Outlook on 2018-19 Consumer Goods & Retail Sector


The Consumer Goods & Retail Industry is composed of multi-national companies that manufacture and distribute finished goods and services to consumers. Companies in this industry classify as either consumer discretionary or consumer staples. The consumer discretionary sector deals with companies that experience an increase in demand for their goods and services during times of economic growth. On the other hand, in the consumer staples sector, the demand for a company’s goods and services tends to increase during times of economic contraction.

In the past year, the Consumer Discretionary Select Sector SPDR ETF (XLY) outperformed the broader market with a total return of 29.9% in comparison to SPDR S&P 500 ETF’s (SPY) total return of 15.2%. With an improving macroeconomic backdrop in the United States and a strengthening global economy, the consumer discretionary sector should continue outperforming the market while the consumer staples sector should continue underperforming.

Industry Tailwinds

Over the last few years, consumers are becoming more concerned with their health and the products that they are consuming. Individuals are shifting away from junk food and sugary drinks to premium, organic and all-natural brands. Companies such as PepsiCo, Inc. (PEP) and General Mills (GIS) are in a position where they need to align their product portfolios with consumer’s interests. On the other hand, companies such as Lululemon Athletica Inc. (LULU) and Planet Fitness (PLNT) have experienced an increase in sales and their stock price as a result of this trend.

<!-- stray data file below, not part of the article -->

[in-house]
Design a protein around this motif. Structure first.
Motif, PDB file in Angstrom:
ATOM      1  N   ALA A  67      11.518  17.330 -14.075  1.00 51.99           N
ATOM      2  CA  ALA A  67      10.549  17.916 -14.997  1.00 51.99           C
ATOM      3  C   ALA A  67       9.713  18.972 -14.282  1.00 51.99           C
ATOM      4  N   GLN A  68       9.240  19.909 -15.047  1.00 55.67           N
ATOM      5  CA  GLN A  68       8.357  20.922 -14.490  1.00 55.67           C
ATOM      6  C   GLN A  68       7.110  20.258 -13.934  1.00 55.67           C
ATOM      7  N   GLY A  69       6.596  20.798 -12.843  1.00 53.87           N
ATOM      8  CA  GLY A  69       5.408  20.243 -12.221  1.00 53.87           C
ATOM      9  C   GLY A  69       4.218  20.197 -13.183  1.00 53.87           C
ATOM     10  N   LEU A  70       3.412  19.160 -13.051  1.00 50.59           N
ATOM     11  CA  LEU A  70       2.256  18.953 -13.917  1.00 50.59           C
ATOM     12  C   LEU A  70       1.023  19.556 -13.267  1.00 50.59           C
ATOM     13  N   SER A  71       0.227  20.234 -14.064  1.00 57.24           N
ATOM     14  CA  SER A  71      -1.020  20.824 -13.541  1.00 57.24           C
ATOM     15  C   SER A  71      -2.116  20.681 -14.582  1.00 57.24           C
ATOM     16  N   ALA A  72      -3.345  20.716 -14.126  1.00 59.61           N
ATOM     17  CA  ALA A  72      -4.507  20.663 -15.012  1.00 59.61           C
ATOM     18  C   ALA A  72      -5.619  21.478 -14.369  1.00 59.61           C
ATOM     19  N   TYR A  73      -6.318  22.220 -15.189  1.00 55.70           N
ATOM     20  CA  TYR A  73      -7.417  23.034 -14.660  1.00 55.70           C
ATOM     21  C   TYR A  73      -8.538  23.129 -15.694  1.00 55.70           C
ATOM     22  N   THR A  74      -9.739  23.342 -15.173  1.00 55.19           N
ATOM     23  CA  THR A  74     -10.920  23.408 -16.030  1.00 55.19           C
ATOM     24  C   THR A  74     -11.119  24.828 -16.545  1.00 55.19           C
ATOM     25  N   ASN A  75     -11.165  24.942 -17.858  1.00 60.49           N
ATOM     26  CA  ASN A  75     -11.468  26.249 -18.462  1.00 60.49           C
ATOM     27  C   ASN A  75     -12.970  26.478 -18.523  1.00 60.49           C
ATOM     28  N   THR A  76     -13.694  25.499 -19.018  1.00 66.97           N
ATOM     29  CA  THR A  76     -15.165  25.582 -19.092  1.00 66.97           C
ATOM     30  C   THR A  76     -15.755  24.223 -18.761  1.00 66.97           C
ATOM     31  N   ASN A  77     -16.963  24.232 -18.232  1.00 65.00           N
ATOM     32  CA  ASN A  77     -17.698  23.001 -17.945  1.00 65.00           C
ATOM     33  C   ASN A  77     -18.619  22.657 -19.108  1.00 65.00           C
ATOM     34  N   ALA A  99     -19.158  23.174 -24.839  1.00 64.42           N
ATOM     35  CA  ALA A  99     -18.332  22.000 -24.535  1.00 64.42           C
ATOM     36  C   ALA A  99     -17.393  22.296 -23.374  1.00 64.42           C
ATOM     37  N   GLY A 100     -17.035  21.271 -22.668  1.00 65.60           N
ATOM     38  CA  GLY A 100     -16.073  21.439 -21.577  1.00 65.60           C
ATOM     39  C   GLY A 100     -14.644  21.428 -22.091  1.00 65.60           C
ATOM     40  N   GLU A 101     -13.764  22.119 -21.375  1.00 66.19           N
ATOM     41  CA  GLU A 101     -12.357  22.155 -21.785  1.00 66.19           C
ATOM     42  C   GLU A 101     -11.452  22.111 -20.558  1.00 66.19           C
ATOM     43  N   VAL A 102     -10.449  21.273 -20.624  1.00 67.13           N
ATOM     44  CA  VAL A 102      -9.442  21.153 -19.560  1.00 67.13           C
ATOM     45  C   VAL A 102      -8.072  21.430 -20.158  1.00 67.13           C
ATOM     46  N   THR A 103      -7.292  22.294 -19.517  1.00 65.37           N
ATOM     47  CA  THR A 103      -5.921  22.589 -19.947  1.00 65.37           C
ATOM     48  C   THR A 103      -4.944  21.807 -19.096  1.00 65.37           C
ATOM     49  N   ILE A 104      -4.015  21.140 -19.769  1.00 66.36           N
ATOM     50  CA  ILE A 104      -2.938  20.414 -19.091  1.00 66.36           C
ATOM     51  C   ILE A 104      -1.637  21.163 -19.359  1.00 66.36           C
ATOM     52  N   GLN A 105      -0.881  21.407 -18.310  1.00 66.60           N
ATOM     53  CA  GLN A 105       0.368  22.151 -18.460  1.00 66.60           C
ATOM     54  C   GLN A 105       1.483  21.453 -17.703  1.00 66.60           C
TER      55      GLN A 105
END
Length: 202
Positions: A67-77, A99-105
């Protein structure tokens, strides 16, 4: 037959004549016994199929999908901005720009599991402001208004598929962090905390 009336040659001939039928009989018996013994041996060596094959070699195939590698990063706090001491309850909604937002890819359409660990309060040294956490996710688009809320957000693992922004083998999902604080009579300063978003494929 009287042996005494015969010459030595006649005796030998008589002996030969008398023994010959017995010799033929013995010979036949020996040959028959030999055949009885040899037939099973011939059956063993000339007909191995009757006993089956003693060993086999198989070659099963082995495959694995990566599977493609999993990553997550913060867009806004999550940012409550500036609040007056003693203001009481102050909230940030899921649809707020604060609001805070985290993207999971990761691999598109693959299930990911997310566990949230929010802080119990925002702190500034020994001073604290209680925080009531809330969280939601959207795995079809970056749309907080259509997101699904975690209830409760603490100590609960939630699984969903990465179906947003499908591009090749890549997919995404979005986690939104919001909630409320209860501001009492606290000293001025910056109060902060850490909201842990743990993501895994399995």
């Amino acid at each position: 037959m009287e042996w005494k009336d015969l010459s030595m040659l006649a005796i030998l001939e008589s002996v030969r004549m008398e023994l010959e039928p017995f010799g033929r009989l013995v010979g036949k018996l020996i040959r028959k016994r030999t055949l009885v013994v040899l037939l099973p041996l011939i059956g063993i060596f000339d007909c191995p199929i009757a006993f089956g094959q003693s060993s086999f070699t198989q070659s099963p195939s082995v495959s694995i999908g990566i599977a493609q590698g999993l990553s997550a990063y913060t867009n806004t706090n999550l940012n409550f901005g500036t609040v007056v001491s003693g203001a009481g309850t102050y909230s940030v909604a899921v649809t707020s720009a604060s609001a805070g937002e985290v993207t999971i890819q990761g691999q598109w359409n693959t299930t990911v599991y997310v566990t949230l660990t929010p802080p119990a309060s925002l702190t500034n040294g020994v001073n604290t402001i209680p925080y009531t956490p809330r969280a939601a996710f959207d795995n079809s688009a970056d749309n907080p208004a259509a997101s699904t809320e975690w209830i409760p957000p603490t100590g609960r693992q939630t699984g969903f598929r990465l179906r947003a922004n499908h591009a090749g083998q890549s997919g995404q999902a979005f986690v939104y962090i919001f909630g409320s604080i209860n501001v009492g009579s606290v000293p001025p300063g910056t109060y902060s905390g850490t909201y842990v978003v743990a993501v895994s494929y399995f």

Since the 2008 Global Financial Crisis, per capita disposable income has increased approximately 25% to $14,398.40. With the unemployment rate at the lowest level in almost 18 years and U.S. growth continuing to increase, per capita disposable income is only expected to improve. Companies who offer discretionary goods such as makeup, designer clothing, electronic appliances, and cars should experience increased sales.

As a result of recently passed tax reforms in the United States, companies are utilizing repatriated cash to acquire other companies and products. Recently, Michael Kors (KORS) announced the acquisition of Italian designer Gianni Versace SpA for approximately $2.35 billion. By doing so, Michael Kors will be able to improve a product portfolio that already includes the Jimmy Choo brand. We can expect other companies to follow suit as they are looking to offset any risk of a decrease in sales over the next few years.

Industry Headwinds

Consumer Goods & Retail companies generate a substantial portion of their revenues in developing regions. With Emerging Market equity and fixed income markets selling off as a result of political and economic instability, companies operating in this region can experience lower sales growth and can face currency conversion risk when reporting sales.

The yield curve, which is the difference between the 2-year and 10-year treasury yields, has been an accurate indicator for upcoming recessions in the past. As of September 28, the yield curve is currently at 0.24%, which is almost the flattest it has been since the beginning of the Global Financial Crisis. If the yield curve is an accurate predictor of economic slowdowns, we can expect consumers to shift from discretionary goods to staples in the next few years.

In general, the Consumer Goods & Retail Industry is expected to outperform the broader market over the next 1-2 years and to remain neutral in the long term with increasing worries of an economic slowdown. As long as a recession does not occur earlier than expected, the industry tailwinds discussed in this article should outweigh any headwinds. With increasing per capita disposable income, a decreasing unemployment rate, and improving macroeconomic conditions, consumers should be poised to continue shopping at retailers, more specifically, those that offer discretionary goods.

By Dominik Sochon - Director of Consumer Goods & Retail, Baruch Investment Management Group